At a time when states including Massachusetts and Nevada are facing limits as to how much solar power they can force their utilities to accept, the governor of New Hampshire signed a new law that raises the cap on solar power net metering.

With this new bill in effect, residential and commercial solar power generators can sell up to 100MW of energy back to the grid, doubled from the existing 50MW cap. The bill also contained a provision requiring the New Hampshire Public Utiltiies Commission to develop alternative net metering tariffs, with a deadline for the end of this year.

Regarding that second mandate in the bill, the Commission is considering the costs and benefits of customer-generated facilities, together with rate effects on all customers and whether there should be a limitation on the amount of generating capacity eligible for such tariffs, according to reported statements.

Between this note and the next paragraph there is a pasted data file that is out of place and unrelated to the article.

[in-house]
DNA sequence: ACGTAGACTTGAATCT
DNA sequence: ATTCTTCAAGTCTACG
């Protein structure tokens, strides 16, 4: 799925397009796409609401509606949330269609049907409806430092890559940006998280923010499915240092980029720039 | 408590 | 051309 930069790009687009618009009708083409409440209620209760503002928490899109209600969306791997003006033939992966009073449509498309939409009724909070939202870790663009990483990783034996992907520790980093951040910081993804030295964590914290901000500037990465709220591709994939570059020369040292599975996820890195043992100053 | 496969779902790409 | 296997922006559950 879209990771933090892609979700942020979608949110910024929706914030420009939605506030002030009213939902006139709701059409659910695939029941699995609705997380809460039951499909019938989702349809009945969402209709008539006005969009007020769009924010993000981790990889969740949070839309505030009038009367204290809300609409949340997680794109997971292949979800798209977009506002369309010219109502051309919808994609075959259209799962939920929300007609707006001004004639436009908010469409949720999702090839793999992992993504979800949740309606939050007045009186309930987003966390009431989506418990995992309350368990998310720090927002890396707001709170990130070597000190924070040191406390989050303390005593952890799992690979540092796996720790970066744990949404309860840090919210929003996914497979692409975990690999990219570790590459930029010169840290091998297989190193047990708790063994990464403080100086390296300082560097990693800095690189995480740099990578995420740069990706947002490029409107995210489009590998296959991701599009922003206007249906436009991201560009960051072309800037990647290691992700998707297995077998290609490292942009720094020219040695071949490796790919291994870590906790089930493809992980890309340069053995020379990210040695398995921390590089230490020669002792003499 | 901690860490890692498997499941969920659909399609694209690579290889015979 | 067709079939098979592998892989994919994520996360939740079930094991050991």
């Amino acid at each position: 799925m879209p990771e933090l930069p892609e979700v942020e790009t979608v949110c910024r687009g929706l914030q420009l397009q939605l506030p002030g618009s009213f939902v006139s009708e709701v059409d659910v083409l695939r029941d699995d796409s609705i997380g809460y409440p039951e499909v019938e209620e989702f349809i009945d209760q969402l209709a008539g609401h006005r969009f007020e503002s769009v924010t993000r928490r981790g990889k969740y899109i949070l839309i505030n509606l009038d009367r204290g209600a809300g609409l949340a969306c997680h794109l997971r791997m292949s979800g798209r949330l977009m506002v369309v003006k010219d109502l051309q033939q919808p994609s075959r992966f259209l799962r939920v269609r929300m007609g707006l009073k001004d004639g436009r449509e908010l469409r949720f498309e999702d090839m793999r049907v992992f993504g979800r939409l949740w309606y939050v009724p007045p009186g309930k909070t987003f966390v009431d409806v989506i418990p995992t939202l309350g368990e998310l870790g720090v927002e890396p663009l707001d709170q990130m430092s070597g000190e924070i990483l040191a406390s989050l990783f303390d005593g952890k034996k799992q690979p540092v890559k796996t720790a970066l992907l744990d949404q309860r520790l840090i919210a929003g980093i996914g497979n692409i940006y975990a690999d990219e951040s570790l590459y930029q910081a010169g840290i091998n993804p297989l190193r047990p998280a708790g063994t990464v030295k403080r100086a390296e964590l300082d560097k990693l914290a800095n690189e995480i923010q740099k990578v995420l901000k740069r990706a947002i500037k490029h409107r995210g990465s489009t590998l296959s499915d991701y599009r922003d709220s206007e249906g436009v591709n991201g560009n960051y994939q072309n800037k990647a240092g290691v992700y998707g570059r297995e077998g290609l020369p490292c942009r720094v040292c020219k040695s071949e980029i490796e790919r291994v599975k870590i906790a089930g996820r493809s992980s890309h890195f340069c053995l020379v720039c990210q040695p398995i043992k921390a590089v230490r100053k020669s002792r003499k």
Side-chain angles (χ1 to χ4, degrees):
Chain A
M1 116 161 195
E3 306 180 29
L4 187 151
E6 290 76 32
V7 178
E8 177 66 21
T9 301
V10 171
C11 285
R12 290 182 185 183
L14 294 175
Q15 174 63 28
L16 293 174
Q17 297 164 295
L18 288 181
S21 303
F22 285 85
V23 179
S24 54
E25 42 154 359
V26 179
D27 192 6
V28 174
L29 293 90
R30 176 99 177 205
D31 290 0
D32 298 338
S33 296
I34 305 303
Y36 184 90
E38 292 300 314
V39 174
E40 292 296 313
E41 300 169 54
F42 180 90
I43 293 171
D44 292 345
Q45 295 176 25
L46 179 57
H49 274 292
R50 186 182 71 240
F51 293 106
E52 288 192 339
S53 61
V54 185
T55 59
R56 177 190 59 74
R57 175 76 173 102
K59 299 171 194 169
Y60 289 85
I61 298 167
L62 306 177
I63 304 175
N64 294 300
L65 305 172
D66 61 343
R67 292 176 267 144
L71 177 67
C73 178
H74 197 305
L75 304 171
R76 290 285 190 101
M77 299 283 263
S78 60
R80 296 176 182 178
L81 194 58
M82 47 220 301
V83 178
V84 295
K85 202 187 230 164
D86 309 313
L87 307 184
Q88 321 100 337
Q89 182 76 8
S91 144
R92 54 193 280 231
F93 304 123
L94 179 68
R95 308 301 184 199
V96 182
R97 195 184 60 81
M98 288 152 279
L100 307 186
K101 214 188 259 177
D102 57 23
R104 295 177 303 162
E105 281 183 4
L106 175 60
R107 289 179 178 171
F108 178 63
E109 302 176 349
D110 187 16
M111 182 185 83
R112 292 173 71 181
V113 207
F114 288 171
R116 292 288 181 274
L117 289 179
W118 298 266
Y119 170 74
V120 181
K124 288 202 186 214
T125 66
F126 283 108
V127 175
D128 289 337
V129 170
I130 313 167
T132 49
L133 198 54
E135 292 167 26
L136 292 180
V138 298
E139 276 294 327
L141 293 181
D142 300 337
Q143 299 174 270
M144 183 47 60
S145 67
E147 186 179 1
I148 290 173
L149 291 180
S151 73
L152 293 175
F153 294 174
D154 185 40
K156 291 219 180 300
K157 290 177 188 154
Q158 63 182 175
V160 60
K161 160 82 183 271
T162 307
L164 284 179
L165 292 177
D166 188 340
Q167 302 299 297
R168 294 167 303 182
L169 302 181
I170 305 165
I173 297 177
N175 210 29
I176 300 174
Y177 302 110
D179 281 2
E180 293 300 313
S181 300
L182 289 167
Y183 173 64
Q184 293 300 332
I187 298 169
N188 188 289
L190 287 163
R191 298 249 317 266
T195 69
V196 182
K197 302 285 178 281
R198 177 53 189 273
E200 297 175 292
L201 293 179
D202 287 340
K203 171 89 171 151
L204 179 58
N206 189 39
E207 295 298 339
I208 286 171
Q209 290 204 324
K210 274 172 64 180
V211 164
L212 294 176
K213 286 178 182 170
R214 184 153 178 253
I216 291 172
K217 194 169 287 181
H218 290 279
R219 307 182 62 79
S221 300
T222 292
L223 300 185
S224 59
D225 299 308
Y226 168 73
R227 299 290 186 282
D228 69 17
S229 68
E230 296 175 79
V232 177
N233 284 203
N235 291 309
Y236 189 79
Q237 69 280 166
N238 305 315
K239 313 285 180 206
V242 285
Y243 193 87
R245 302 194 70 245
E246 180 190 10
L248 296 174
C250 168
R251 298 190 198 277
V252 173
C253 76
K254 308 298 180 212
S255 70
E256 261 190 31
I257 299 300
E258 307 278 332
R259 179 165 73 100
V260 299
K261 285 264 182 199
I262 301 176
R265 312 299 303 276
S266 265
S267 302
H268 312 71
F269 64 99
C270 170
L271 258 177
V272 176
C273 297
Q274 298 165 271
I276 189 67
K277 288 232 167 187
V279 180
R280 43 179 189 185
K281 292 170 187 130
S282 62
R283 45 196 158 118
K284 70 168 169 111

The bill directs that: “If any utility reaches any cap for net metering…before alternative tariffs are approved or adopted…customer-generators may continue to interconnect under temporary net metering tariffs under the same terms and conditions as net metering under the 100 MW cap, except that such customer-generators shall transition to alternative tariffs once they are approved or adopted for their utility…"

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